U.S. FDA urges protection of medical devices from cyber threats
June 13 (Reuters) - The U.S. Food and Drug Administration, citing potential cyber threats to medical devices, on Thursday urged medical device makers, hospitals and other medical facilities to upgrade their protections against attacks that could disable the devices or compromise patient privacy.
In recent years security experts have suggested that devices such as insulin pumps or pace-makers could be vulnerable to hacking, although the agency said it is not aware of any patient injuries or deaths associated with such attacks.
The FDA issued an advisory that manufacturers, hospitals and patients need to protect themselves better from the introduction of malware in medical equipment and unauthorized access to settings that control devices.
"Many medical devices contain configurable embedded computer systems that can be vulnerable to cybersecurity breaches," said the safety communication posted on FDA's website.
The potential risk of cybersecurity breaches is worsened by the ways that devices are increasingly interconnected, via the Internet, hospital networks, other medical devices and smartphones, the FDA said.
"Specifically we recommend that manufacturers review their cybersecurity practices and policies to assure that appropriate safeguards are in place to prevent unauthorized access or modification to their medical devices or compromise of the security of the hospital network that may be connected to the device," the agency said.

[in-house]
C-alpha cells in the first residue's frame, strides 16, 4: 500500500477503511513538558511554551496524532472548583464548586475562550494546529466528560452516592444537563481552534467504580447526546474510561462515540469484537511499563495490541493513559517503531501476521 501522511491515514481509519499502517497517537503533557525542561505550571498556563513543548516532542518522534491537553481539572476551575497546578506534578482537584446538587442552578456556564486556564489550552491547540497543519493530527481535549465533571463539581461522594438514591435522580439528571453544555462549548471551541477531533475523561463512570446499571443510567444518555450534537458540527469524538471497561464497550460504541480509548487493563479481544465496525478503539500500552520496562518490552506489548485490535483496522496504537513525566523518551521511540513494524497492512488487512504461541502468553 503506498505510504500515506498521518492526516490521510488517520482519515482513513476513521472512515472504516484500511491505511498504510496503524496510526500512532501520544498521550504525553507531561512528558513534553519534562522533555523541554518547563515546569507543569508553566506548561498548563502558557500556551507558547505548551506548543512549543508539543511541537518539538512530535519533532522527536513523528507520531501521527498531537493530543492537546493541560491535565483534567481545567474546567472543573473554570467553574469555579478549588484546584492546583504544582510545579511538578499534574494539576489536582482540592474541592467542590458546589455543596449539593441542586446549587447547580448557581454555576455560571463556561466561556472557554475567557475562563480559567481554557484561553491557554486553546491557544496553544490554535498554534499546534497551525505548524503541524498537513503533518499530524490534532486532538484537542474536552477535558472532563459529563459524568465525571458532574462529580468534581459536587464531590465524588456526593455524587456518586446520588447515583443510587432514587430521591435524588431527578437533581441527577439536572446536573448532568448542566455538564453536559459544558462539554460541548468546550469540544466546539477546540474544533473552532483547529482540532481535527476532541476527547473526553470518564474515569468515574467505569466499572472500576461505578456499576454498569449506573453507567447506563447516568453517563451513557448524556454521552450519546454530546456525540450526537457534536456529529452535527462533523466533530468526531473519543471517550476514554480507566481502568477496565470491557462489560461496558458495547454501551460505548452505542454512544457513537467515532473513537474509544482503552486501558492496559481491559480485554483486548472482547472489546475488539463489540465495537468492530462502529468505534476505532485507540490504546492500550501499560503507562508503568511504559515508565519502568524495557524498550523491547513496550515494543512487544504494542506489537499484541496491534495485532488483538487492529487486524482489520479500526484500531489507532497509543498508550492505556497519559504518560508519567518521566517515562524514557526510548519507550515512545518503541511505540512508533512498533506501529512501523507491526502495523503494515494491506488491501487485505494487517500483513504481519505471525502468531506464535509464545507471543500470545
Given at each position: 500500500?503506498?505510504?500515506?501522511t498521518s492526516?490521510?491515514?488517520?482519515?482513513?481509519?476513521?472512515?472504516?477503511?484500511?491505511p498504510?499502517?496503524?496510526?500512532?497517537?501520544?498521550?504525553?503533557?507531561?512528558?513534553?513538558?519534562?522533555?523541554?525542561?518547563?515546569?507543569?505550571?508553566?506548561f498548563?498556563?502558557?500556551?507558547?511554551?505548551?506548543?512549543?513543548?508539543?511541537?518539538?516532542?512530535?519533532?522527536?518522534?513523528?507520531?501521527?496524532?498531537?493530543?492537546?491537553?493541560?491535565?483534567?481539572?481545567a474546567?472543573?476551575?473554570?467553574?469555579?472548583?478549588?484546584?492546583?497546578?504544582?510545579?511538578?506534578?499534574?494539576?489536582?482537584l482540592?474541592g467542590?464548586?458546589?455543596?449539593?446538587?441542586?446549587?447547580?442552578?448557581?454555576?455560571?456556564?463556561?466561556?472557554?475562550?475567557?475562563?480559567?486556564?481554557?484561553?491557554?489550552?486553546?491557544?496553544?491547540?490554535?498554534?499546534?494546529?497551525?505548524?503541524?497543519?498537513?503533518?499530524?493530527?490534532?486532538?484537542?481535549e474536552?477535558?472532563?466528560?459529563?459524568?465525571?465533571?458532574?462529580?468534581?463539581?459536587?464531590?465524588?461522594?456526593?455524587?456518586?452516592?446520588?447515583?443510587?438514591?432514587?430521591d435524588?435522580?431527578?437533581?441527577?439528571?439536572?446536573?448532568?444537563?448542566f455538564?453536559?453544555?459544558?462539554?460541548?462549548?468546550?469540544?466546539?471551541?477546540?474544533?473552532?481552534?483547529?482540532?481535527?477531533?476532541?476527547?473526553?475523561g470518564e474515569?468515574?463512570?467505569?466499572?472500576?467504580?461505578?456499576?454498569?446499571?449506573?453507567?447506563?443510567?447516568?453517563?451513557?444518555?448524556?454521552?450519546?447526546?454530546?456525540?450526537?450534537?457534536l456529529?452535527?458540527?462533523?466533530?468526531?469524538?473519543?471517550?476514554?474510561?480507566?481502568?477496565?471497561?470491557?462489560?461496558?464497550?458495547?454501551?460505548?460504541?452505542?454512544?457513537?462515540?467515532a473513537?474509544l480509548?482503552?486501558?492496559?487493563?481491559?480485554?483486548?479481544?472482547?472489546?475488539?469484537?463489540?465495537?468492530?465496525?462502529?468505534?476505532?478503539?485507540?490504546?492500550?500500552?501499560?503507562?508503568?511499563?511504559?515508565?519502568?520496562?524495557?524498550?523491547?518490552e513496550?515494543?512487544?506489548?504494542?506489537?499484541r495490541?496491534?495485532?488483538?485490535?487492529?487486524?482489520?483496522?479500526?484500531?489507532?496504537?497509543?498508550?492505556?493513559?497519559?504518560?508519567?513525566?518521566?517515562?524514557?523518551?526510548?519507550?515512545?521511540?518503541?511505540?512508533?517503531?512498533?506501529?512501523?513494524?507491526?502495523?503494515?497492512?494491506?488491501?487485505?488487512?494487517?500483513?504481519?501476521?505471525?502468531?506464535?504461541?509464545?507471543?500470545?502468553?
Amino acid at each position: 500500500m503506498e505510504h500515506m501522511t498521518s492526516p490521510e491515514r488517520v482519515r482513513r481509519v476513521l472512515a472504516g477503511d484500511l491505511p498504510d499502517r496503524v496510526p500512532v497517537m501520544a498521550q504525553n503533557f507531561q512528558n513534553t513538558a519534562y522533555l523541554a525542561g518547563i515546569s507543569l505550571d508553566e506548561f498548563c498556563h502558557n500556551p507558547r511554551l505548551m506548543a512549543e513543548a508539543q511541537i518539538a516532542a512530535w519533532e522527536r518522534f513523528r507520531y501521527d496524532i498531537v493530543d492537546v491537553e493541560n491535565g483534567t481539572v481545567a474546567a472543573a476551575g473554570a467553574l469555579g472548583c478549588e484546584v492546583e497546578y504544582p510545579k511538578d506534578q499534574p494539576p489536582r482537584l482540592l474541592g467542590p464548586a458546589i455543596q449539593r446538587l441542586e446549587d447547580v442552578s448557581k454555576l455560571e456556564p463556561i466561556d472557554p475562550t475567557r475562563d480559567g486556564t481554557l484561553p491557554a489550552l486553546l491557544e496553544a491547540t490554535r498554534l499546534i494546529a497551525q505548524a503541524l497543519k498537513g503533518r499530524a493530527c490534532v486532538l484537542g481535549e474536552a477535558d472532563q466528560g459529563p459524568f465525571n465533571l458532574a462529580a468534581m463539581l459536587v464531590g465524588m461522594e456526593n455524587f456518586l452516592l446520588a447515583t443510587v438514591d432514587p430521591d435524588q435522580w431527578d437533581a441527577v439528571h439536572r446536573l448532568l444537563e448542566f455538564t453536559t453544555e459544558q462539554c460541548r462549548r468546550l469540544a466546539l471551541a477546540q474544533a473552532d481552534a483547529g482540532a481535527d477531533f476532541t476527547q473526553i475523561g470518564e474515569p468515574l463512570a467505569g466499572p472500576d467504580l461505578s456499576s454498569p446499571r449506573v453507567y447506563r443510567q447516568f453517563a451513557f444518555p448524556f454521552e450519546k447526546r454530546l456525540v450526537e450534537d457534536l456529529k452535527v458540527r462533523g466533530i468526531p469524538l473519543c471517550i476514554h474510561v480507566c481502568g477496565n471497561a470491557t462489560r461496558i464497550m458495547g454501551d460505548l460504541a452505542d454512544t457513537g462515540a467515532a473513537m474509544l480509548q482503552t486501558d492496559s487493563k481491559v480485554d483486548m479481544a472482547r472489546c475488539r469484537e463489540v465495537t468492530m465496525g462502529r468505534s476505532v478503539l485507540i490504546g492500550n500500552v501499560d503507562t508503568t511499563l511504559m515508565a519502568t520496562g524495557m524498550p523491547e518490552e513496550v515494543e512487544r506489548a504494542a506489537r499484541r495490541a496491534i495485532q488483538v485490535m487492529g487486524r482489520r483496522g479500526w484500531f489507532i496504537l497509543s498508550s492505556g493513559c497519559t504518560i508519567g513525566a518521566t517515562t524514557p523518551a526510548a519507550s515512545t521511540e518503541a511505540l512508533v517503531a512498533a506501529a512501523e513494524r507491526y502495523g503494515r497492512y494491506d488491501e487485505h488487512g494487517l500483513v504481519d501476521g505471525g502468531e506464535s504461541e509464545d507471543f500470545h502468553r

Among its recommendations, the FDA said manufacturers need to take steps to limit unauthorized device access to trusted users only, particularly for devices that are "life sustaining" or could be directly connected to hospital networks.
User IDs, passwords and other security controls need to be strengthened, including potential use of biometrics, the agency said. Moreover, manufacturers need to assure that devices recover and continue to work once security has been compromised.
"Cybersecurity incidents are increasingly likely," the FDA said, "and manufacturers should consider incident response plans that address the possibility of degraded operation and efficient restoration and recovery."
The FDA also urged health care facilities to evaluate their network security, including restricting unauthorized access to the network and networked devices.
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